Sunday, May 13, 2012

Organizing 500 Paper Submissions Using Google Apps for Education

I have been so busy at work lately that I haven't had any time to work on any "fun" projects. Well, last week I finally got something fun to do.

I work at a wonderful Catholic school.  One of the best things about it is that our students participate in a Christian Service Program.  Prior to this year I would consider it a typical service program where each student is required to do a certain number of hours each year.  However, this year we have taken a new approach under the leadership of our Director of Christian Services, Dawn Brannman.  Each year students will have a different area of focus: freshman year - work with poor/disadvantaged, sophomore year - work with children, junior year - work with sick/elderly.

This year is the first year of this new program and we started with the freshman class.  They had to complete their hours by working with the poor and disadvantaged population. In addition, freshman students went in groups of 20, along with a teacher and some parent volunteers, to serve at a local homeless shelter.  It is my understanding that every freshman student participated this year.

Additionally, each student is responsible for writing a reflection paper about their experience each year.  This is a new requirement and this is where I come in.

Dawn came to me to see if we could come up with a manageable, digital, process for collecting all 500 of these reflection papers.  Her plan is to have her senior Campus Ministry Service class "grade" the papers and provide feedback according to a rubric that she has created.

After meeting with Dawn, here is the plan that we came up with:

1. Students will upload their Reflection Papers to their Google Docs account.  This is new for us as we just recently became a Google Apps for Education school. (This also assumes that students didn't write their paper in Google Docs - which actually makes to process easier.)

2. Students will copy the URL for their Reflection Paper in Google Docs.

3. Students will paste the URL into a Google Form that I helped Dawn create.

4. Dawn will give her senior Campus Ministry Service students access to the Google Spreadsheet that is created by the Google Form submissions.

5. The Spreadsheet can be sorted in manageable groups and these groups can be assigned to each Senior student. (We have something called L.I.G.H.T. groups, it is similar to a homeroom, this is how the submissions will be grouped.  It is a part of the Google Form.)

6. The senior students will then email their feedback to the students who wrote the papers.

I then had to make directions for students to submit their papers this way.  I made a text version and the video version below.  I am hoping this is clear enough for them to follow.

The students will not be given these directions until the end of next week. Therefore, if you notice any mistakes I've made or have any suggestions please share them with me. I still have a few days to make changes and I really want this to be successful.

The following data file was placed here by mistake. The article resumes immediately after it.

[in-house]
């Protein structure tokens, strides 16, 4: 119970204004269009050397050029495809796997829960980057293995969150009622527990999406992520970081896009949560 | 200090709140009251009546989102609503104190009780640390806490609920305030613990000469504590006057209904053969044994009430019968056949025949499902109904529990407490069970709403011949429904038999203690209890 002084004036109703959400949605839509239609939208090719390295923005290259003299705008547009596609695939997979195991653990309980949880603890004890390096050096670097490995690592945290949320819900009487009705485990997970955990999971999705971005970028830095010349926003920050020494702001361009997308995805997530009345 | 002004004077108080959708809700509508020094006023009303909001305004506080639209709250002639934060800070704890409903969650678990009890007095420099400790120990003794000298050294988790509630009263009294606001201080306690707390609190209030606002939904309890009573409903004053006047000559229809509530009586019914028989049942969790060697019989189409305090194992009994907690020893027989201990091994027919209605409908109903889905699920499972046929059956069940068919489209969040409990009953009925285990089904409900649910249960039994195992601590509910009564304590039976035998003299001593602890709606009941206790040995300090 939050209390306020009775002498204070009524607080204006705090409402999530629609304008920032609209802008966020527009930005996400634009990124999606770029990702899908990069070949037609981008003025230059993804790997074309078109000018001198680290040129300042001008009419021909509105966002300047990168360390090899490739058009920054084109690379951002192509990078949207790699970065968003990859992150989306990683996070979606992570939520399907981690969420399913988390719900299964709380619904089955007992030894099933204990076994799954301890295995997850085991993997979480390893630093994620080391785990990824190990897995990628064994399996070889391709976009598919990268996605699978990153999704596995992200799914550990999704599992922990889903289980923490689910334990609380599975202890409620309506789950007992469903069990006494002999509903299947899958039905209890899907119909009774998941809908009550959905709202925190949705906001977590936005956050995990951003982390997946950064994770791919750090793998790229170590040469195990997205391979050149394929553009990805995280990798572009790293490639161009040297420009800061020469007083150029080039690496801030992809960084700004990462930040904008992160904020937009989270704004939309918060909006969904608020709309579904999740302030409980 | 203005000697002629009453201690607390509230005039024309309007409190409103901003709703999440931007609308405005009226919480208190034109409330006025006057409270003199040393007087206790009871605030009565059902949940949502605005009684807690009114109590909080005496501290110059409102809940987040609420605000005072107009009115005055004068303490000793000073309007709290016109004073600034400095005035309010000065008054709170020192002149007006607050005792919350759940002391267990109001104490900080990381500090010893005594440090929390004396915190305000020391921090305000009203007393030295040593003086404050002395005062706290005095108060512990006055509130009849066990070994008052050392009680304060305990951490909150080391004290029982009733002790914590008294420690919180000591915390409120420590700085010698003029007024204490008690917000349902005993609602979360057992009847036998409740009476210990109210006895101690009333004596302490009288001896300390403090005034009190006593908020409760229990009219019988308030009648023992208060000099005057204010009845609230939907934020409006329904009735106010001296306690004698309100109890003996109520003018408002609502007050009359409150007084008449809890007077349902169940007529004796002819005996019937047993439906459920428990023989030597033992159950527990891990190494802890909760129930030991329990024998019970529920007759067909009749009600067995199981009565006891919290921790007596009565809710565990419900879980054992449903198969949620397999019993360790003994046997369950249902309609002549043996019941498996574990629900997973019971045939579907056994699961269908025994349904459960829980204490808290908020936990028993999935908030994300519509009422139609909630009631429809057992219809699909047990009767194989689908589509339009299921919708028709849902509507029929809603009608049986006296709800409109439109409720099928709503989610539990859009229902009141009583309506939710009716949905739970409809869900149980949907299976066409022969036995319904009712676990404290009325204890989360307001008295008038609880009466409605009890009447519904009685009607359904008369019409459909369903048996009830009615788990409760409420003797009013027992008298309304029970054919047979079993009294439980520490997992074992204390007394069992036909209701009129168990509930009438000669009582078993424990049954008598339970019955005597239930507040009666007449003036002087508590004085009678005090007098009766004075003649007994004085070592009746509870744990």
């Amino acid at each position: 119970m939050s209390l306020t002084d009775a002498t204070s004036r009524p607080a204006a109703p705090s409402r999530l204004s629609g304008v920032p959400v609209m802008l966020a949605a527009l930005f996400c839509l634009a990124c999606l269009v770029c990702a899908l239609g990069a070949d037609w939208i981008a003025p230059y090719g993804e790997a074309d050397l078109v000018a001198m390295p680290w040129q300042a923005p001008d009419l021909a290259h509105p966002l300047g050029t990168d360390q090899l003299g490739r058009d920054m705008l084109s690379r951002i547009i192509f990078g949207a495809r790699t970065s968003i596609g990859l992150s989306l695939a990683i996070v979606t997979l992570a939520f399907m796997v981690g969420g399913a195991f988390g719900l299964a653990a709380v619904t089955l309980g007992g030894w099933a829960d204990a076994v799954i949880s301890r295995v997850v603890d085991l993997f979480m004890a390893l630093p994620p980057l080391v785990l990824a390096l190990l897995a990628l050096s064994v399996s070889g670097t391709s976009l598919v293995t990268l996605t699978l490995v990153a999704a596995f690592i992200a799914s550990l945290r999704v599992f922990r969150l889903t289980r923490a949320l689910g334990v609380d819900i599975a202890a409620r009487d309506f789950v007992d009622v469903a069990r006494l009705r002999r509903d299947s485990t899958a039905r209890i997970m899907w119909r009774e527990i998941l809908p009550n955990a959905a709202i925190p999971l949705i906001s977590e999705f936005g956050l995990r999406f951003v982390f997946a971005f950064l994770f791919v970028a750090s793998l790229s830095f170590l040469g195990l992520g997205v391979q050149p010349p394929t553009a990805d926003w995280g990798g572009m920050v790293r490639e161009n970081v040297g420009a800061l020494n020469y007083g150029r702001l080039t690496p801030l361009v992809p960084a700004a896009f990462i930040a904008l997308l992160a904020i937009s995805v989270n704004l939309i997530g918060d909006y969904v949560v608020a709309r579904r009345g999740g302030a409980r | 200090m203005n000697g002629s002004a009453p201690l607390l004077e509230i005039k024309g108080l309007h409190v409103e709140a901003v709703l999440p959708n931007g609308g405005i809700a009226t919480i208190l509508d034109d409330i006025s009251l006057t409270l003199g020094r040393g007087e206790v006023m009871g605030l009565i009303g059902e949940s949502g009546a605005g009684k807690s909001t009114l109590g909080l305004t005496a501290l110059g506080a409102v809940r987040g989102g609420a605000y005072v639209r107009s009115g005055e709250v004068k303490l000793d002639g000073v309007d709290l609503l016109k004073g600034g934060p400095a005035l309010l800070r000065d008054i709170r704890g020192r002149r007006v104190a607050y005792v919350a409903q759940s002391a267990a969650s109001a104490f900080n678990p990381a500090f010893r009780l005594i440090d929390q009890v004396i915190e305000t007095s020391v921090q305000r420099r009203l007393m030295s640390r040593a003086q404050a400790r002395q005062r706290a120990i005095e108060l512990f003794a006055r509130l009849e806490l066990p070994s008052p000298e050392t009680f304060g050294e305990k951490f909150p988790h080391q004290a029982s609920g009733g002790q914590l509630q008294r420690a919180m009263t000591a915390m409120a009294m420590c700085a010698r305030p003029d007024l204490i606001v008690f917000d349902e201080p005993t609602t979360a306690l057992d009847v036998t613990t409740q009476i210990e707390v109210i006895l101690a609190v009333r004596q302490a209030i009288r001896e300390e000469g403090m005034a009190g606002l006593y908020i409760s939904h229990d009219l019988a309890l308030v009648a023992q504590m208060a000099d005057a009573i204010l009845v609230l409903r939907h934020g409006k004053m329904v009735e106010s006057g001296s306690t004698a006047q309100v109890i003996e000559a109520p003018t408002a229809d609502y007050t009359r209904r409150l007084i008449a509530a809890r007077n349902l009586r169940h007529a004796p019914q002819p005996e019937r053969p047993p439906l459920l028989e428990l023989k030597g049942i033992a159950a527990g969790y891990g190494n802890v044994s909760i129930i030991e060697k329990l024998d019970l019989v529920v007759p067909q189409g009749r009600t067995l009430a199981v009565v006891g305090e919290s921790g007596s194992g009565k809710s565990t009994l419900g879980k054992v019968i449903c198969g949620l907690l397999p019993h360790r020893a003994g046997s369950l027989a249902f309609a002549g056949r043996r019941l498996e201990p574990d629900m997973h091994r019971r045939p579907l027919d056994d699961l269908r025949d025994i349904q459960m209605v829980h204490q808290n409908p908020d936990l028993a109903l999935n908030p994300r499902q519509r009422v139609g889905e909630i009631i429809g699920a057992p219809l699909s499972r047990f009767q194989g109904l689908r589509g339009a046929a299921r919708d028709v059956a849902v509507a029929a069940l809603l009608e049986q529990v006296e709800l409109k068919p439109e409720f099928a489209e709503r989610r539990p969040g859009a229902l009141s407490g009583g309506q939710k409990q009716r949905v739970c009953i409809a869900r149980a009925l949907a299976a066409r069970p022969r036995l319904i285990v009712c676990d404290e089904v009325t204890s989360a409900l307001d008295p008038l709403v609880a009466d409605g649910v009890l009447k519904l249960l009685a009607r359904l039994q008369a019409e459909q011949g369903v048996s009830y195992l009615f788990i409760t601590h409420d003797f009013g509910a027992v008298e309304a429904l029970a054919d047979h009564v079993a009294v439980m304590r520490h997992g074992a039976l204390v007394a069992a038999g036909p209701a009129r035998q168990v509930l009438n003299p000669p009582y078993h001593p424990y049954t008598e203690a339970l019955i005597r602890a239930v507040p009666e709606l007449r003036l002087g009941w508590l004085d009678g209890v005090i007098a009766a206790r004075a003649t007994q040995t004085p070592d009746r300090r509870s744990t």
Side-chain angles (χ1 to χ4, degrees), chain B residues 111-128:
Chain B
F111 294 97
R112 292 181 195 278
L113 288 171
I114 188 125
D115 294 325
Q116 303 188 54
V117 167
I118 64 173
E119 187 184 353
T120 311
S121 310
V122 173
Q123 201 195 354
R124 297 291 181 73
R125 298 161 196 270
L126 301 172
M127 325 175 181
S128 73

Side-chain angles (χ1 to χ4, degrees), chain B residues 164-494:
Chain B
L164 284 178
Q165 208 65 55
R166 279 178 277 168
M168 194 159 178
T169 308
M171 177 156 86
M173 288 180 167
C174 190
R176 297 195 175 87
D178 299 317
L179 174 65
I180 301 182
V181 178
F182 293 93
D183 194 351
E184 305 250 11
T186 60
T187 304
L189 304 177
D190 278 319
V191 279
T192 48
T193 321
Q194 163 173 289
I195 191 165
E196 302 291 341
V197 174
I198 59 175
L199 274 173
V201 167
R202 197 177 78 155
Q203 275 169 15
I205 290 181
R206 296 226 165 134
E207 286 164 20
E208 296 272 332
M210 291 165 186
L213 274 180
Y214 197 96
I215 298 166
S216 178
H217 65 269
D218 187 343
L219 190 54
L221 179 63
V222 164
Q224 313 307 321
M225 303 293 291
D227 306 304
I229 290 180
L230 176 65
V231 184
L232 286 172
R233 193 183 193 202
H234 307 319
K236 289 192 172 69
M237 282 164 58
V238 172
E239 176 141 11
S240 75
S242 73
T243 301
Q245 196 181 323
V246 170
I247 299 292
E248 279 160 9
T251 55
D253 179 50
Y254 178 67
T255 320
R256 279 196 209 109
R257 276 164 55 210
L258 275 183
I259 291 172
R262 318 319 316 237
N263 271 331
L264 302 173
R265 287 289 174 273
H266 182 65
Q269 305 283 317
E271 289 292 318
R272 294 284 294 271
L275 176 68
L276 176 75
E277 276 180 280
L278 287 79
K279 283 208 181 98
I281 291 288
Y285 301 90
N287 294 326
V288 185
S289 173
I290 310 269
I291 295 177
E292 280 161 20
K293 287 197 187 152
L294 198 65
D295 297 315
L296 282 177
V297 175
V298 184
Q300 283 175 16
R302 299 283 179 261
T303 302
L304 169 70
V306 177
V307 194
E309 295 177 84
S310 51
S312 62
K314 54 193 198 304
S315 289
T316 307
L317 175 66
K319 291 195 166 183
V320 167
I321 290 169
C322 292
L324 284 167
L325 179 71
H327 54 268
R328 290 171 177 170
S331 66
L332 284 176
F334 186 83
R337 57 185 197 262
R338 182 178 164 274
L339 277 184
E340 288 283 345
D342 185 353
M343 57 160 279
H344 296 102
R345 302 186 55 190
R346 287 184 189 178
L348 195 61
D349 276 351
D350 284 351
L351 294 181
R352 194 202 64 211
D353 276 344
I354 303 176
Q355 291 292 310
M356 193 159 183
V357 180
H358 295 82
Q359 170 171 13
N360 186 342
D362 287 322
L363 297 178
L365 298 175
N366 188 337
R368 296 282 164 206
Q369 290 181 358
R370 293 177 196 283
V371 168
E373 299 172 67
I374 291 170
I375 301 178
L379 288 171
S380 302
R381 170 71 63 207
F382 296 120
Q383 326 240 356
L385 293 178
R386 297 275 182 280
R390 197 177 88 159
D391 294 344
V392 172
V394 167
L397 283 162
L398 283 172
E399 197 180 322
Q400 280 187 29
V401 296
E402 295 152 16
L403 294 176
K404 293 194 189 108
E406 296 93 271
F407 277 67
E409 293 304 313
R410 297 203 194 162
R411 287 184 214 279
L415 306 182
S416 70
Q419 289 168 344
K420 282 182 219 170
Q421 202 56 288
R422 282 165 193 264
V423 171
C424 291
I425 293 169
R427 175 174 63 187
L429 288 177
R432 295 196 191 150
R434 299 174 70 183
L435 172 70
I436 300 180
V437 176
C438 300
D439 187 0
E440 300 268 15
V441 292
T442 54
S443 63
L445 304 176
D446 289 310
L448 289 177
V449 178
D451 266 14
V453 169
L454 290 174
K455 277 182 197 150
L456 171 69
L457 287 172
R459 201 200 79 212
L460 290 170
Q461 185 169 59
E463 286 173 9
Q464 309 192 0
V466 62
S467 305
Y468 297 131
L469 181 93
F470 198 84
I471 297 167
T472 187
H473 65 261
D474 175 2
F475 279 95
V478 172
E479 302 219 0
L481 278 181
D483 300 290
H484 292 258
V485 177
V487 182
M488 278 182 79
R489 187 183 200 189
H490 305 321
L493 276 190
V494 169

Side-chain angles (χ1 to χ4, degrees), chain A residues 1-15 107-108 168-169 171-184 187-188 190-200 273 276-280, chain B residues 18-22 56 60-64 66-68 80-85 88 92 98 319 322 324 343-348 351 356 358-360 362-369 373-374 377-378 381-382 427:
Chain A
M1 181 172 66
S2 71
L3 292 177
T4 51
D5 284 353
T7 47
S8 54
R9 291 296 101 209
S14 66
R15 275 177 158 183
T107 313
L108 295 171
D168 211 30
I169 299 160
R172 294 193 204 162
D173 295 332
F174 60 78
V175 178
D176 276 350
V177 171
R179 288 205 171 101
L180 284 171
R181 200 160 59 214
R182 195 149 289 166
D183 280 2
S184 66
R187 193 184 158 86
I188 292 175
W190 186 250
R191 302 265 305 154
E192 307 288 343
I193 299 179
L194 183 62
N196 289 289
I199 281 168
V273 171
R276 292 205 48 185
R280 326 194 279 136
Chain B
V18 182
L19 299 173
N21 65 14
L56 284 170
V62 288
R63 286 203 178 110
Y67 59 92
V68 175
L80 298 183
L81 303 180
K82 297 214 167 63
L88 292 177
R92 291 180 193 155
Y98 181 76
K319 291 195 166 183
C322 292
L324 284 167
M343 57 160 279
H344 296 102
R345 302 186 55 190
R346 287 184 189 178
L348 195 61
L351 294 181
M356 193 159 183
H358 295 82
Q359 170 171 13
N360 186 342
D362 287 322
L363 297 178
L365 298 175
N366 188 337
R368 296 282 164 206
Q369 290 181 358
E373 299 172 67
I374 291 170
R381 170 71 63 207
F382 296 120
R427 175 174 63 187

1. Hi, Matt,

    This is a neat way to use Google docs in your school! I have a couple of suggestions.

    First, I think the students are going to have to tweak the sharing settings on their document so others can see it. I haven't done a lot with Googe Apps in a K-12 setting yet, but there is probably an option under the sharing settings for "anyone in my domain with a link can view" or something worded similar to that. There may be another setting that suits your purpose better, though. You probably want to show them the sharing settings in the video before you show them how to copy the document URL to the submission form so they don't forget that part.

    Also, Google docs have a commenting feature similar to Microsoft Word. You might consider having the graders use this so they can make comments in the context of the paper rather than sending a separate email. Or perhaps in combination with an email. This post from the Google docs blog explains how to set up sharing so that readers can comment on the paper without being able to change the paper itself:

    Hope these tips are helpful! Good luck with this project!!

  2. Thanks so much for the feedback!

    I am still relatively new to using Google Apps for Ed but I think the default option is "anyone in my domian can view." But I am definitely going to test that today with a couple students.

    That commenting feature looks great. I noticed it as an option but never thought of how to use it. Thanks for the suggestion!

  3. Hey, Matt. You know we use Google Apps for Ed all the time at Nativity, so let me give you some pointers.
    Docs will default to private. They'll need to (at least) share it to "People from CCHS with a link". Instead of email, why not have them comment directly on the doc for peer reflection? They would need to share their Doc with their peer so they can comment. You might as well have them share the doc to their LIGHT group leader, to let them follow the comments. What about having students do an audio or video reflection, upload it to Docs, and share it to their peer? That's how I do writing workshops.
    Feel free to email me or call me at school if you have more questions.